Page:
Whereas many U.S. empire builders would have endorsed Mahan's anti-exceptionalism, most of that empire's historians have not. To be sure, there is enough that is truly different-if not exceptional-in the history of the United States to warrant contrasts between the U.S. empire and the British, French, Dutch, and German empires of the late nineteenth and early twentieth centuries. First and foremost, there was the first U.S. empire, the long and contested incorporation of continental territory based on settlement colonialism. There was the commercial-industrial dominion that began with that first empire and, on its resources, projected itself as an informal empire of capital and goods throughout the world, especially in Europe, Latin America, the Pacific Islands, and East Asia. In land, population, and trade-if not in military and strategic terms-the U.S. overseas colonial empire would remain small, an annex to the informal empire.

* * *

But actual differences between the U.S. and European colonial empires do not explain the complete denial of U.S. colonialism in American culture or Americans' understanding of the United States not only as a non-empire, but as an anti-empire. Those actual differences inspired exceptionalist enthusiasms that were virtually absolute, erasing what the empires had in common, including the exchanges in which they engaged.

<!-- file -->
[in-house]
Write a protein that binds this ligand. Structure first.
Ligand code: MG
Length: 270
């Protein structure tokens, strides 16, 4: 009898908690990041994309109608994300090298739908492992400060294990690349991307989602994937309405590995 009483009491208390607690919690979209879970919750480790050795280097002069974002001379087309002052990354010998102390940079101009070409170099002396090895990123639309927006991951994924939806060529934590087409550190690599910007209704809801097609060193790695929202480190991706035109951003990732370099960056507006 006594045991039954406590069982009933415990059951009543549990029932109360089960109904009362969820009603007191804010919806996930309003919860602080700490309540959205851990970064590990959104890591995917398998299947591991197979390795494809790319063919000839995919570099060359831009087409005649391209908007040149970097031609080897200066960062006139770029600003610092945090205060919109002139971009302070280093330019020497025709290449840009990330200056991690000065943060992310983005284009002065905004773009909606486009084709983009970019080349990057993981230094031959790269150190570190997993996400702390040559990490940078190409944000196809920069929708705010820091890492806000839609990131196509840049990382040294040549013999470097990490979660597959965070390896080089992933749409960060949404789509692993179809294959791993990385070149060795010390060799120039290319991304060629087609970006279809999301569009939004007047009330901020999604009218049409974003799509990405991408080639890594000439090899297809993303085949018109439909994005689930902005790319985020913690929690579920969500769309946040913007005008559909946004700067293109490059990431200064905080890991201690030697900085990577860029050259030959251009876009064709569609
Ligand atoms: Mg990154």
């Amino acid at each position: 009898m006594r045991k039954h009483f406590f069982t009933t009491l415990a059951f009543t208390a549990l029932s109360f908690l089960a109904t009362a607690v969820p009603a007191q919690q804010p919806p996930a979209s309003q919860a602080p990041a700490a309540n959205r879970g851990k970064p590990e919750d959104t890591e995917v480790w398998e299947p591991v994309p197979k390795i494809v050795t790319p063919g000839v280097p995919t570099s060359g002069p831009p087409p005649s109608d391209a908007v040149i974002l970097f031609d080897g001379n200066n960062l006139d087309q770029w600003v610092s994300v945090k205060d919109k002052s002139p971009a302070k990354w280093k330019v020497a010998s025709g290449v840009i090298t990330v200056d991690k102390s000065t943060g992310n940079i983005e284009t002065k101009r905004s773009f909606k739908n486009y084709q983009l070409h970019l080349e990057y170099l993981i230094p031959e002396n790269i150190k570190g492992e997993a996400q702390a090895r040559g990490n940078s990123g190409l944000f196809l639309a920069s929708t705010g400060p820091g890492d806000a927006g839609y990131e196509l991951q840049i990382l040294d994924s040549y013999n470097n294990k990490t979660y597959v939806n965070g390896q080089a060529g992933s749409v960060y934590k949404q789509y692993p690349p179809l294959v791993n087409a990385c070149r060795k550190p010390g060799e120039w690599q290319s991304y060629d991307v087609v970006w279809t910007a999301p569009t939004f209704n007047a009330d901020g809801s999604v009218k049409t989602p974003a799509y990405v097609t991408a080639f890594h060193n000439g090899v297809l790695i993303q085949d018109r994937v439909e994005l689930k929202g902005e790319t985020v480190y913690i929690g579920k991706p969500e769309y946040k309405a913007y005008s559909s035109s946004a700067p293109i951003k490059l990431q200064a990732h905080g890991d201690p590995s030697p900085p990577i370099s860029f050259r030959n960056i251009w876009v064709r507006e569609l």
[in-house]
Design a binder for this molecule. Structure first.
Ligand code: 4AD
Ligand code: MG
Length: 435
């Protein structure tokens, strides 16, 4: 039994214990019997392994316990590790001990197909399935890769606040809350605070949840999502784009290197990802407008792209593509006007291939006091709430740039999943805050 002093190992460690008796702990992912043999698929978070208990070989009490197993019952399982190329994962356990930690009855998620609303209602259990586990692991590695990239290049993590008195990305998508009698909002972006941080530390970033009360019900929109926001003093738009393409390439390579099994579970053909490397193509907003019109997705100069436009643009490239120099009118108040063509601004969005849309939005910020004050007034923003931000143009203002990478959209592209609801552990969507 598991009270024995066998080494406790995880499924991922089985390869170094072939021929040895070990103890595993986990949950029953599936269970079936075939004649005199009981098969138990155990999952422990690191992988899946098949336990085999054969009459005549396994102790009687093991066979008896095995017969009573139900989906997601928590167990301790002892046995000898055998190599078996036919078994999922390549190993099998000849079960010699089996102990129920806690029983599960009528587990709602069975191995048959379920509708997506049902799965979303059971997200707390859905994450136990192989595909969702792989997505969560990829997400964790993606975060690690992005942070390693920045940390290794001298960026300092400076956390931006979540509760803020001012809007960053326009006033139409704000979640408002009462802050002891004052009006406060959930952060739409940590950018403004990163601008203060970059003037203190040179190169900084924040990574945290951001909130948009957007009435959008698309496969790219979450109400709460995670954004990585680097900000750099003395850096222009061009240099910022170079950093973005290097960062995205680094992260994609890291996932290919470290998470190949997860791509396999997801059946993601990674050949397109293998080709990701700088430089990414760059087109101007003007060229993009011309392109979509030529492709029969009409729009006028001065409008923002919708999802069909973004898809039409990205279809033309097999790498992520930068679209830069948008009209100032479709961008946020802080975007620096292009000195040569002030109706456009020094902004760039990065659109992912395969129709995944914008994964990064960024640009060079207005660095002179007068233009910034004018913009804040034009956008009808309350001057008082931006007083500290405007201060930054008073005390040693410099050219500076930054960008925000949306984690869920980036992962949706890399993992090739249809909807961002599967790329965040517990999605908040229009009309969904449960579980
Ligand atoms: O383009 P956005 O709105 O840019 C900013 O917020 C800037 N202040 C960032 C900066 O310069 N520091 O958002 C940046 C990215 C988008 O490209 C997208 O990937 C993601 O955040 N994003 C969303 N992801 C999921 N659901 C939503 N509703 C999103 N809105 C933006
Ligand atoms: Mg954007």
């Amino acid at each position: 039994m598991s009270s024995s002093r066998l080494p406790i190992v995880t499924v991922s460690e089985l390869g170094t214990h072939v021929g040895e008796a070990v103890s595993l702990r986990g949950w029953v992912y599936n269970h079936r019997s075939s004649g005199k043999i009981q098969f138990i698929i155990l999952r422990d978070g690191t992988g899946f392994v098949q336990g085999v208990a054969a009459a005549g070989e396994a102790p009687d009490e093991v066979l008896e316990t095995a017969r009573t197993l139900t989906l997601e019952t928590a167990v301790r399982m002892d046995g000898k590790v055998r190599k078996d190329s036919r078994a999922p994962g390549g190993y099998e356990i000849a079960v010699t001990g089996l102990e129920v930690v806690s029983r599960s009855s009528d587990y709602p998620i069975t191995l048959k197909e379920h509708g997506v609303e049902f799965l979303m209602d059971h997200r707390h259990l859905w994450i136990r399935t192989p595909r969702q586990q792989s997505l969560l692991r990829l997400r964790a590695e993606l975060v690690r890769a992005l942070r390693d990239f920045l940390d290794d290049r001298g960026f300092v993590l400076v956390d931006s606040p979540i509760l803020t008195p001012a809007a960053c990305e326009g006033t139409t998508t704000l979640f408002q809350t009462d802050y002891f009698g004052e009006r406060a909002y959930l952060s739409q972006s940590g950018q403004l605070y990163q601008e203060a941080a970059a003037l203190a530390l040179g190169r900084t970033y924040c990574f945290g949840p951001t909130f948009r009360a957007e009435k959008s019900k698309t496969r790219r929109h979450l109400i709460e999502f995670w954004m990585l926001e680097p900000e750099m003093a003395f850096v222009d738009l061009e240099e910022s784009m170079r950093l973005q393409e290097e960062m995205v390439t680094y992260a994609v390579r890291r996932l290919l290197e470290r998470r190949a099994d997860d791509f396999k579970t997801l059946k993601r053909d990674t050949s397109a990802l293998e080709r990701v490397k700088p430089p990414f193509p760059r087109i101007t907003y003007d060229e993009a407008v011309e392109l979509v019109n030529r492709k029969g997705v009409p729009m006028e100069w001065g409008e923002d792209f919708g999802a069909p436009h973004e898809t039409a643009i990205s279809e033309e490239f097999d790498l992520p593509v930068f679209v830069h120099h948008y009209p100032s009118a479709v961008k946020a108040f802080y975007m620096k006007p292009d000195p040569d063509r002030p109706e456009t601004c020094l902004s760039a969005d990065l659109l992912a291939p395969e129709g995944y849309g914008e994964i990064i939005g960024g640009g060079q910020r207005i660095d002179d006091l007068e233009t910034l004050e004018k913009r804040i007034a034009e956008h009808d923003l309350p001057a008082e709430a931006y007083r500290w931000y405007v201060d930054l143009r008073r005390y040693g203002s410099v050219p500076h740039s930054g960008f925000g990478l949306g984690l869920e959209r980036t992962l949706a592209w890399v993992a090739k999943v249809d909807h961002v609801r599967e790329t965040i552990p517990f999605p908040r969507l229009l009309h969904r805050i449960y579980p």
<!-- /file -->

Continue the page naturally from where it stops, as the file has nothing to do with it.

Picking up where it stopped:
Some of the erasures are byproducts of the structure of historiography. Emerging from diplomatic history, the historiography of the U.S. empire has been notably state-centered and nation-bounded, its inter-imperial history exploring the interactions between bounded states but not the ideas and practices they circulated, borrowed, and shared. New historiographies have added methodological breadth, especially toward social and cultural history, and widened the range of actors recognized as engaged in U.S. "foreign relations." Recent works have done much to bring empire toward the center of U.S. history, providing rich and novel accounts of U.S. imperialism. But most nevertheless remain locked in metropole-colony dyads that neglect inter-imperial dynamics and connections. Ironically, while the emerging study of U.S. colonialism draws on theoretical insights developed in the critical study of other empires-notably postcolonial theory and history-the field has not yet explored the interconnections among empires.